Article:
By Camille Mc Milan Rambharat
As I face Christmas 2020, my most enduring memory is of my mother as she prepares
for her all-night baking, going through her marked-off pages of her treasured Five Roses recipe
book by Sylvia Hunt. As her four children gallop through the kitchen, part Christmas excitement
and part just the happiness of having each other, fighting and playing interchangeably.
My dad stands on the wooden plank, placed on top of the two upside-down barrels at each end,
he paints the living room with white Berger paint, mixed in a large white plastic container,
stirred occasionally with a stick as he went along the long wall. As he painted, his beloved twin speaker
boxes strategically placed on opposite sides of our front porch blasted through the gorgeous sunny
afternoon in our quiet neighborhood.
The LP spins on his top-of-the-line turntable supplying the Christmas songs from Daisy Voisin, Jim Reeves, Sinatra and his lookalike—the Mighty Sparrow. The smell of ham and turkey being cooked and the rum drinking with a punch-a-creme. And all through this, my mother flicked the Sylvia Hunt pages. She swore by the sponge cake recipe.
COVID-19 has cut a lot of traditions but not that Christmas longing for family. My eldest brother’s sudden
and untimely passing during COVID-19 lockdown earlier in the year was sad, particularly as none of his siblings were able to travel home to say our final goodbyes. The thought of our mother left without any of her children at her side and the unimaginable agony a mother goes through when she has to bury any of her children especially her firstborn was sadder. Our relationship had its ups and downs as most siblings do but I miss him every day. Being the only girl, he was my protector. I took it for granted that he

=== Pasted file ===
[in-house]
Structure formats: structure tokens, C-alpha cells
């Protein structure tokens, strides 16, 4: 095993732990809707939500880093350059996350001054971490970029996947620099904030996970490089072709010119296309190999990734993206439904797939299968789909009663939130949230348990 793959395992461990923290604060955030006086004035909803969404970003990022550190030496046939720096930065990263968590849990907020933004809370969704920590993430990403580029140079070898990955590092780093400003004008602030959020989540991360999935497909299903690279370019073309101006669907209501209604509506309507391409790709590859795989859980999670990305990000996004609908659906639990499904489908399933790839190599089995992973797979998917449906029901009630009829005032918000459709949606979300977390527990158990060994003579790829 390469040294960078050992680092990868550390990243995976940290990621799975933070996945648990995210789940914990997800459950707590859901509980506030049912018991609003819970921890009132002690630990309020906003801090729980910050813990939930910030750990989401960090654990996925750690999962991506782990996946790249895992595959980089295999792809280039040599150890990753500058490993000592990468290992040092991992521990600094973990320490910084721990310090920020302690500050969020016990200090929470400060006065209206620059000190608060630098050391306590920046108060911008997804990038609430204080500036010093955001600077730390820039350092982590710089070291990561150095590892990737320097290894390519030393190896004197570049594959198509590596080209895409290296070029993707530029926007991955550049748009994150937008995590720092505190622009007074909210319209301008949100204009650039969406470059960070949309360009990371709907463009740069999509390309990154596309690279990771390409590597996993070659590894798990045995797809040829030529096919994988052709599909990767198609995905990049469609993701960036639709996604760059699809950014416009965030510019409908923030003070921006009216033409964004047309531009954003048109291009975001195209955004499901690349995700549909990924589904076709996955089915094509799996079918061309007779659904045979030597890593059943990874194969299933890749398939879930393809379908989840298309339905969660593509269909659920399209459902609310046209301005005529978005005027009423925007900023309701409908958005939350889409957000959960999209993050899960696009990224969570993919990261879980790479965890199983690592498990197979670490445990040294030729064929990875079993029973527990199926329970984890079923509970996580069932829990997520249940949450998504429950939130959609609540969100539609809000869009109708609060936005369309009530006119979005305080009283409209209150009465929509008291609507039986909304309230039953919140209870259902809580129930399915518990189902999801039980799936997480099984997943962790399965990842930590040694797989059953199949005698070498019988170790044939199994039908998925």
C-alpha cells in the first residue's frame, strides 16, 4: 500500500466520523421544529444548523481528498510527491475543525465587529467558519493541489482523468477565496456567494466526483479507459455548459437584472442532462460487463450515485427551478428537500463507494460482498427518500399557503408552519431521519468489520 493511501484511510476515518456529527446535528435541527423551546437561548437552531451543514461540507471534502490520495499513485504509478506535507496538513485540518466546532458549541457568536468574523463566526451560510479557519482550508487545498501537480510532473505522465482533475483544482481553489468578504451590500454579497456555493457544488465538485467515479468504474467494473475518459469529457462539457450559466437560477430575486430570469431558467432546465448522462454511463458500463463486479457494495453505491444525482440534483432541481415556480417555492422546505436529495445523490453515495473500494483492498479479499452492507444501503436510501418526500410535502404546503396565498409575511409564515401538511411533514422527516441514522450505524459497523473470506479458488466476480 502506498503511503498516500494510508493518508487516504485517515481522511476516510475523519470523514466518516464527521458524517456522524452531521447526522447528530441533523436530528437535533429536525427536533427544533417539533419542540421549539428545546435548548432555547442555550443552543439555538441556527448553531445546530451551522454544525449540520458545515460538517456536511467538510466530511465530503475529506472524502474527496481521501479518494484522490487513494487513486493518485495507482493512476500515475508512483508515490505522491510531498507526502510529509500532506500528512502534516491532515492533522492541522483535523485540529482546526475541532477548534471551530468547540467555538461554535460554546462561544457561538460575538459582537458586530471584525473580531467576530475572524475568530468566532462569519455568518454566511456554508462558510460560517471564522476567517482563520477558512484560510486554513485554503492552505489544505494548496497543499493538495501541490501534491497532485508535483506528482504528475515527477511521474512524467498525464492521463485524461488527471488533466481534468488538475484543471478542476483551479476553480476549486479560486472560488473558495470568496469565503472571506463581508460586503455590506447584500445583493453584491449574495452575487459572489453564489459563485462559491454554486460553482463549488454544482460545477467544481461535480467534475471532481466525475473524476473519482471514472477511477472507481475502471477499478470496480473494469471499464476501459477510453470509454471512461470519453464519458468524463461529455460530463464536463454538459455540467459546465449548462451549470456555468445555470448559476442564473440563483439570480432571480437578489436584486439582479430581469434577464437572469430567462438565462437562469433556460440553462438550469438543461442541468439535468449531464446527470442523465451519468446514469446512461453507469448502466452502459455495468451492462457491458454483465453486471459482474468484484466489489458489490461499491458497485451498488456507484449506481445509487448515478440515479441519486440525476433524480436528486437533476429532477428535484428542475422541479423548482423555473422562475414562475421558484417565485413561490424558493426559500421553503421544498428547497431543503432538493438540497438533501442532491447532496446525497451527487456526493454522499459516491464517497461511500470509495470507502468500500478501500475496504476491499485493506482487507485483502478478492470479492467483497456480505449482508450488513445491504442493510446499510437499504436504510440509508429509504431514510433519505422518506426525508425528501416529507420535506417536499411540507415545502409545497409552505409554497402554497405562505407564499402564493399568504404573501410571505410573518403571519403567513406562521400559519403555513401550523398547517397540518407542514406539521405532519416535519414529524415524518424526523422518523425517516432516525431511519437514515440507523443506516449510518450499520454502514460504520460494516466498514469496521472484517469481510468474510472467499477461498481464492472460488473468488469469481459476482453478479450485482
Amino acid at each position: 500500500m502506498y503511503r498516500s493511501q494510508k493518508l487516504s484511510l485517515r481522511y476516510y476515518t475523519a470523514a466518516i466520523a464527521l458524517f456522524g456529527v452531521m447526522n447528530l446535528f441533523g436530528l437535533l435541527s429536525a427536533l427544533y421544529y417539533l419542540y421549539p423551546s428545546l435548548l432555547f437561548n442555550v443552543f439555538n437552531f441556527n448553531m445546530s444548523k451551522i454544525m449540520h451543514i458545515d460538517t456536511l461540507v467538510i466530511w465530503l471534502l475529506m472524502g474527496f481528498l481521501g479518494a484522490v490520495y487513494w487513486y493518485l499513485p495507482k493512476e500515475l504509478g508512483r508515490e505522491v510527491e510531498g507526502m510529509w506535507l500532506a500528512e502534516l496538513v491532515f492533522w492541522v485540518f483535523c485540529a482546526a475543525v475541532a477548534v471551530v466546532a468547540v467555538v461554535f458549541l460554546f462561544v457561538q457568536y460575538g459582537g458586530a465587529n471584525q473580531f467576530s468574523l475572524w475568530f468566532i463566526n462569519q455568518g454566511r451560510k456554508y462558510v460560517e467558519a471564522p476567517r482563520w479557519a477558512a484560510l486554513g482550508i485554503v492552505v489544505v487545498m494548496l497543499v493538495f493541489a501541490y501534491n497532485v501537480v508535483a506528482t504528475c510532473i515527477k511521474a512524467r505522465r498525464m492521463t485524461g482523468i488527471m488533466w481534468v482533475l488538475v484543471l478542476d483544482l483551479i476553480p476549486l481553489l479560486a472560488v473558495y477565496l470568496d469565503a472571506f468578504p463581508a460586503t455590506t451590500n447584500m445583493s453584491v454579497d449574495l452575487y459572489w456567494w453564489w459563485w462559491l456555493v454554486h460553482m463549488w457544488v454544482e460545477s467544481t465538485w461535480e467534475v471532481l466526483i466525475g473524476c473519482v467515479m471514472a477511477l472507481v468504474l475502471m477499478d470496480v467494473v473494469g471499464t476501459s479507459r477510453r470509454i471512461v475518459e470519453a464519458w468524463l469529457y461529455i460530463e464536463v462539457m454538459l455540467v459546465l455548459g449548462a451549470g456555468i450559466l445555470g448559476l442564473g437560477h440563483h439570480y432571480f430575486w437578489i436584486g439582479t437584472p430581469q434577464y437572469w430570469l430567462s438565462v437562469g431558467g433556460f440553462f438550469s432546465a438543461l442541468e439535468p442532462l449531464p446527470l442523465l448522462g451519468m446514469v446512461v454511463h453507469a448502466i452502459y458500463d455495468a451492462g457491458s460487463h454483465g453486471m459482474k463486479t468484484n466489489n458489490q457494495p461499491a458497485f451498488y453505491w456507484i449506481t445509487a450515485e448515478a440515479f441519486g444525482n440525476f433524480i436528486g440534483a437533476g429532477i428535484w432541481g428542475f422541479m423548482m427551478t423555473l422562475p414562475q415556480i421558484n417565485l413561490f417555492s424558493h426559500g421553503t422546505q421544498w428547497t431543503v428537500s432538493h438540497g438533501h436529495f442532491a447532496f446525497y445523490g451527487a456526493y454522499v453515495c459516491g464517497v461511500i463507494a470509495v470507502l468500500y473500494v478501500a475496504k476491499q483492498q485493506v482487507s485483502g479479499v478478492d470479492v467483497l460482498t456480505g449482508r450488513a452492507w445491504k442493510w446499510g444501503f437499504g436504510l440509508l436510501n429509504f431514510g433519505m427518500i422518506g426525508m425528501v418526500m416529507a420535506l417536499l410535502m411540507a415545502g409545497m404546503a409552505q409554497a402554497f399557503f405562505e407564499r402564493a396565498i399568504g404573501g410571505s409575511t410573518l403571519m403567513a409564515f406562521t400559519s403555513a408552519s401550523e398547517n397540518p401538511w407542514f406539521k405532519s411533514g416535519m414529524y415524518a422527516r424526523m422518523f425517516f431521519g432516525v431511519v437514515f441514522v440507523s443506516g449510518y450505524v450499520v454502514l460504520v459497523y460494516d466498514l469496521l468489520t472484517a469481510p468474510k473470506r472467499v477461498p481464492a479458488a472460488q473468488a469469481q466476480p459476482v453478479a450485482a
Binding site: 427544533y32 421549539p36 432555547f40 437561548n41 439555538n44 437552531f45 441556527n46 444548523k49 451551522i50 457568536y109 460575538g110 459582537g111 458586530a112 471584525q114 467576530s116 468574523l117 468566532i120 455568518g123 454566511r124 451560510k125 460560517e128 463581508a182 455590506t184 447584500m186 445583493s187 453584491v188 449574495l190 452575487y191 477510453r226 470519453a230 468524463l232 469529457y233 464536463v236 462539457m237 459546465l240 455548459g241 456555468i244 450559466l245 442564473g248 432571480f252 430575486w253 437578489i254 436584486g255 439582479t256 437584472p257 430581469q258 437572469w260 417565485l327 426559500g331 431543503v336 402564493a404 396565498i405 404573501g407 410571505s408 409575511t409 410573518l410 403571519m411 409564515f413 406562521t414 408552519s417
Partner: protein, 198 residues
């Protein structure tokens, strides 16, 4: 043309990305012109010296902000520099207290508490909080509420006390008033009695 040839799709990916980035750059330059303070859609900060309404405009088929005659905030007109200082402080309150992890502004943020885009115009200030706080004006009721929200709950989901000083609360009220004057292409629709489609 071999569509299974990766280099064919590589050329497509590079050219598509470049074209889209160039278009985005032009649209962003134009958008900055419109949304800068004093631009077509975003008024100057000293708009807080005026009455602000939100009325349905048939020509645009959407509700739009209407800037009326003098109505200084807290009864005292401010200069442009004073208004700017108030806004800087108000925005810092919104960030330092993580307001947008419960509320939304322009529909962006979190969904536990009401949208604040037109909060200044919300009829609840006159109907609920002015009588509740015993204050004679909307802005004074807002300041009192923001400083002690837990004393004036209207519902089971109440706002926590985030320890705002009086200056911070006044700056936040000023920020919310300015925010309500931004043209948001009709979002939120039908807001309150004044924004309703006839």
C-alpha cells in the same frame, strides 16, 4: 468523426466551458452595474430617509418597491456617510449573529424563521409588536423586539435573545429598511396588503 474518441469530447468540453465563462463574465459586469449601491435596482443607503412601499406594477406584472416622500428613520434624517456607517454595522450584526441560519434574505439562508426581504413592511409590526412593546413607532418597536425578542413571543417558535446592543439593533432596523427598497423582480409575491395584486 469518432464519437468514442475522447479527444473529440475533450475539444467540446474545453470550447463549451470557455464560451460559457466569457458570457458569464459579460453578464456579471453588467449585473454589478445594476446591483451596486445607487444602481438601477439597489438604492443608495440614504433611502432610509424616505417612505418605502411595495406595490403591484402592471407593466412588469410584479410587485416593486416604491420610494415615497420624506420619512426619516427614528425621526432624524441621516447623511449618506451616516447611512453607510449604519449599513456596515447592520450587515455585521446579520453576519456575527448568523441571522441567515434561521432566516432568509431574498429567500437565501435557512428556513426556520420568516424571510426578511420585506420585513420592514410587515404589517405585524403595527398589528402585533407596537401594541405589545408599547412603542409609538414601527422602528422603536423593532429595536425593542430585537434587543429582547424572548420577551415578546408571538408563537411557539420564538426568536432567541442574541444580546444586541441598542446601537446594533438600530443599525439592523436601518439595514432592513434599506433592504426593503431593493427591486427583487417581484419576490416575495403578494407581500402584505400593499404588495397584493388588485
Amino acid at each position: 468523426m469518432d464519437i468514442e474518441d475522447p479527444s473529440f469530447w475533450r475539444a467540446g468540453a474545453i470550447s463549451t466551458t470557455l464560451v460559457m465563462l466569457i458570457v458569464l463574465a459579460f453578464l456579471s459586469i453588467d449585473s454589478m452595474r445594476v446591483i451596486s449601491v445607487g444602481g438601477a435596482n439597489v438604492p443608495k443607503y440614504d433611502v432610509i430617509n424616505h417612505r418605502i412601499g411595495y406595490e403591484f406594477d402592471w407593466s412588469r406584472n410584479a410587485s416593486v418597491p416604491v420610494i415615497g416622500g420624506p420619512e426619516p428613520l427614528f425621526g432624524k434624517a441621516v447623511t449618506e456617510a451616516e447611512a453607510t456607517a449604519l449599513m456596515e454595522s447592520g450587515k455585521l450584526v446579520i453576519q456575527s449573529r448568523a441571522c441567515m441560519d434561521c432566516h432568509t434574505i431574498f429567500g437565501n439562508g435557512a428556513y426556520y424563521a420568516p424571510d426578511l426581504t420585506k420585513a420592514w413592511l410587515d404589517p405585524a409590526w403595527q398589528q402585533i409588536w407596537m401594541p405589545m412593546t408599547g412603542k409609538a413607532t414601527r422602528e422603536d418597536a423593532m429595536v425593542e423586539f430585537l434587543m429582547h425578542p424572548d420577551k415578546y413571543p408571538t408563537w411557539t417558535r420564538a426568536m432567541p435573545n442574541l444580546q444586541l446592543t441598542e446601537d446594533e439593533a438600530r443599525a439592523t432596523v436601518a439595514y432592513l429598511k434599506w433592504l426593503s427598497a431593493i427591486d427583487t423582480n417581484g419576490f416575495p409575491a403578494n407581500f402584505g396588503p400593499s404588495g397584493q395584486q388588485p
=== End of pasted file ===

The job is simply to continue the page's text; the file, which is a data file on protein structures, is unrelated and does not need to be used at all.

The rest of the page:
would live a very long life and that time was on our side.
Now, standing at my own kitchen counter, my childhood memories begin showing previews
like a projector unto the wall of my mind. Its bright white light blended beautifully with the
sky-blue colour from the reel. The slide which stood out the most was with my brothers and I
helping our parents get the house ready for Christmas in our early years. Our parents were
serious about Christmas, especially our mother. We’re joking around giving each other little
nudges as we go back and forth unpacking Christmas groceries, including one case of apples, grapes, from our father’s vehicle.
In all my present emotions I reconcile on this reflection: that I am alive and beyond grateful for
being here today with other family members and friends. It’s been the most difficult year experienced
both mentally and physically. COVID-19 had serious mental and other effects on family and friends
along with our children. Separation has continued to break me. I long for regularity again
but a much gentler and loving world.
I miss the paint, the floor polish and the frenzy of the Trinbago Christmas. But above all, I miss
the tight family bonds, a Godfearing dad and a protective big brother. Sylvia Hunt’s pages no longer turns;
time marches on.